Summer has officially begun in our area as the schools are finally out for the year. While my family is celebrating Pkin’s successful completion of 2nd grade (which sometimes seemed like it might be overwhelmed and derailed by math), we are also working to find the best way to give a sense of normalcy and routine to an otherwise unscheduled and wide open time.
Routine is just so much easier when there is an outside expectation, like school, to schedule around. You know when it starts, when it ends, what you do each day. You know there will be homework each night and that, depending on how much of it is math, you’ll be spending an hour or two working on it. And, frankly, you don’t have to make that many decisions.
I’ve been surprised to find that routine isn’t only important to Pkin, it also helps me in my parenting. In all honesty, it can be useful to know that the battles surrounding homework and bedtime will happen at roughly specific times so I don’t have the constant worry of potential blow-ups hanging over my head (though those do come anyway, of course).
Two summers ago, we avoided the summer routine vacuum by sending Pkin to day camp for most of the summer. She wasn’t always happy about it (though it helped that her best friend was attending), but we were able to find a way to make it manageable.
Last summer, that friend wasn’t attending the camp and Pkin was having nothing to do with going without her. I had also just left my job for health reasons so saw a summer spent with my daughter as a time to reconnect and to feel like I could actually be a productive member of the family even though I wasn’t bringing in my full-time salary anymore. Despite my best laid plans, and I love to plan, the summer ended up being a chaotic mash of whatever we felt like doing on any given day and a lot of wow, it’s too hot to do anything.
I plan for this summer to be different. That doesn’t mean, though, that every day is scheduled top to bottom. I’ve learned that planning of that sort never works out the way I expect (if I set aside 15 minutes to transition from one activity to the other, it will take 30. If I scheduled 30, it will take 10. You never know!). There are some things that do need to happen at specific times. Pkin is taking several cooking classes this summer. We are also doing ongoing work in Math (because she needs it) and History (because she likes it). But there is still a lot of time unaccounted for and I don’t want it to all be spent watching TV or playing video games.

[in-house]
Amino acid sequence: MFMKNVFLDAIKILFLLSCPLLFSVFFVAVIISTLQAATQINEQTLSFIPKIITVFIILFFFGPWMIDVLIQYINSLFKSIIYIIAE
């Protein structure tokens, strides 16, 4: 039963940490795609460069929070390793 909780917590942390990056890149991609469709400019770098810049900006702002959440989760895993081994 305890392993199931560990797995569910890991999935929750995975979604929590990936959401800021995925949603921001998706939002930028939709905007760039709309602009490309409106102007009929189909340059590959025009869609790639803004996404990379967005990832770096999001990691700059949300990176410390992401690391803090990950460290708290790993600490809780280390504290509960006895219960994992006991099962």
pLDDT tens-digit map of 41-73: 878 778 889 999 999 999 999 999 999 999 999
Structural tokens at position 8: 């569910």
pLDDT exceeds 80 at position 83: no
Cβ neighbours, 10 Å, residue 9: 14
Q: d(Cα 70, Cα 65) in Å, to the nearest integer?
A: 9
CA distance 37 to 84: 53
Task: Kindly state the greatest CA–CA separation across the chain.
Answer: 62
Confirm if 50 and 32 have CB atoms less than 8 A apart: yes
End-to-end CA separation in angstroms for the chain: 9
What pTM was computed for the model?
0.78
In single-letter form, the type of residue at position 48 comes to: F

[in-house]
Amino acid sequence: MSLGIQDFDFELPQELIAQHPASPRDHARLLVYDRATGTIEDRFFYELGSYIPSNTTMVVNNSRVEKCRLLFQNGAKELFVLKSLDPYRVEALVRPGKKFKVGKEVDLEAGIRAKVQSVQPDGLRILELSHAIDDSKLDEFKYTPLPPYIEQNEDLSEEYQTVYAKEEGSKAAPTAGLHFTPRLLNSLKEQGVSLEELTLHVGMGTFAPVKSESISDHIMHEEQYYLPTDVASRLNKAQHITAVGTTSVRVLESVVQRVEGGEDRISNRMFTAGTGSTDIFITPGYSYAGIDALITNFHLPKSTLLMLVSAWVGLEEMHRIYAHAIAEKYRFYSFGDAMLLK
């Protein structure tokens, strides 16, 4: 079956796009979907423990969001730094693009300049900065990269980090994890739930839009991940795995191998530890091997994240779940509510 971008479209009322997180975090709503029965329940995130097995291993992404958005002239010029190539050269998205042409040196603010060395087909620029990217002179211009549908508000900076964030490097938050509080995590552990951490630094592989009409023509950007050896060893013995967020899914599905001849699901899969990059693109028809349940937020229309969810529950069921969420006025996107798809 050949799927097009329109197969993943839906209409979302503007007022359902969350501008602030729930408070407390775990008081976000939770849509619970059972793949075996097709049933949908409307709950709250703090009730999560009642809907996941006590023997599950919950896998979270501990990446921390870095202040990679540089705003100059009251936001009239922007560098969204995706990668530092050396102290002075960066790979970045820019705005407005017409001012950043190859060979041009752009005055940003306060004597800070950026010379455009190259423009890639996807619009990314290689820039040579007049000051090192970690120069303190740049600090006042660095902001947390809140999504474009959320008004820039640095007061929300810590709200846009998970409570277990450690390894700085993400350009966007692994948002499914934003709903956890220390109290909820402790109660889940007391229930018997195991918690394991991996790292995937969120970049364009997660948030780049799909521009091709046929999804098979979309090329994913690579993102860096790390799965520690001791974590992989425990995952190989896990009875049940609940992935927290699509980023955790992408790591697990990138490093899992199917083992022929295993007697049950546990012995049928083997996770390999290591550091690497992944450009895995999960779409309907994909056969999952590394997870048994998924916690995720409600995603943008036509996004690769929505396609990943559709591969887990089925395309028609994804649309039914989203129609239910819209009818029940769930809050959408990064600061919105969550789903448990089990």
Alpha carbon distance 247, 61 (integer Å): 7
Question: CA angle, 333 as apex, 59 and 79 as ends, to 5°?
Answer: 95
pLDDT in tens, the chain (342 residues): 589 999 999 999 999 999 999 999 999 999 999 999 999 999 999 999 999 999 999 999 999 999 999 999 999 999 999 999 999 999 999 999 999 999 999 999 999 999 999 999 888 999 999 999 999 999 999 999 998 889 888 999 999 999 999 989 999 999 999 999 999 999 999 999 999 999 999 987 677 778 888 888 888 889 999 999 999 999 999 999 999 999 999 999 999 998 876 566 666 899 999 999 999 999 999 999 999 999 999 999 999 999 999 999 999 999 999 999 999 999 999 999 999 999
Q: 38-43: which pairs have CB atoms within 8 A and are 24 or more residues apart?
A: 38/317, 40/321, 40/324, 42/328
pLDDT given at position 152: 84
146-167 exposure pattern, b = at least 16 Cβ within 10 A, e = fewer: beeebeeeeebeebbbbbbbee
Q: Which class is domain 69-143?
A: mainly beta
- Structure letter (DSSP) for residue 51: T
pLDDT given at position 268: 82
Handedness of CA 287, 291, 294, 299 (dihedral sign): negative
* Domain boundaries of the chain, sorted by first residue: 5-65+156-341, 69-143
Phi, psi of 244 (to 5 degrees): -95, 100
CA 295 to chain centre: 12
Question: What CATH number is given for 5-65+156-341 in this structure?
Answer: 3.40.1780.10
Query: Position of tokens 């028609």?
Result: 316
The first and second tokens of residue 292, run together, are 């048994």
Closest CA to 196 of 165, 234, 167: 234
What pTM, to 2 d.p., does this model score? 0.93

I also want Pkin to feel like she has an active role in the planning. I want her to feel both a sense of some control of her day and to learn how to plan and prioritize (hello executive function!). As she is a strongly visual learner, I’ve created little cards with images connected to various options for activities with short words or phrases to explain them. They are color coded so we can easily tell which items we “have” to do each day and which items are “options.” She gets to decide the order in which we do things. I get to help her determine if there is enough time in each day to do everything.
Of course, for all of this to work, I have to give up some of my control. The unstated agreement behind this process is that I have to do what she wants to do if she’s going to have to do what I want her to do. I imagine this means I’ll be spending a lot of time at the pool this summer…maybe I can find a way for her to do her math underwater…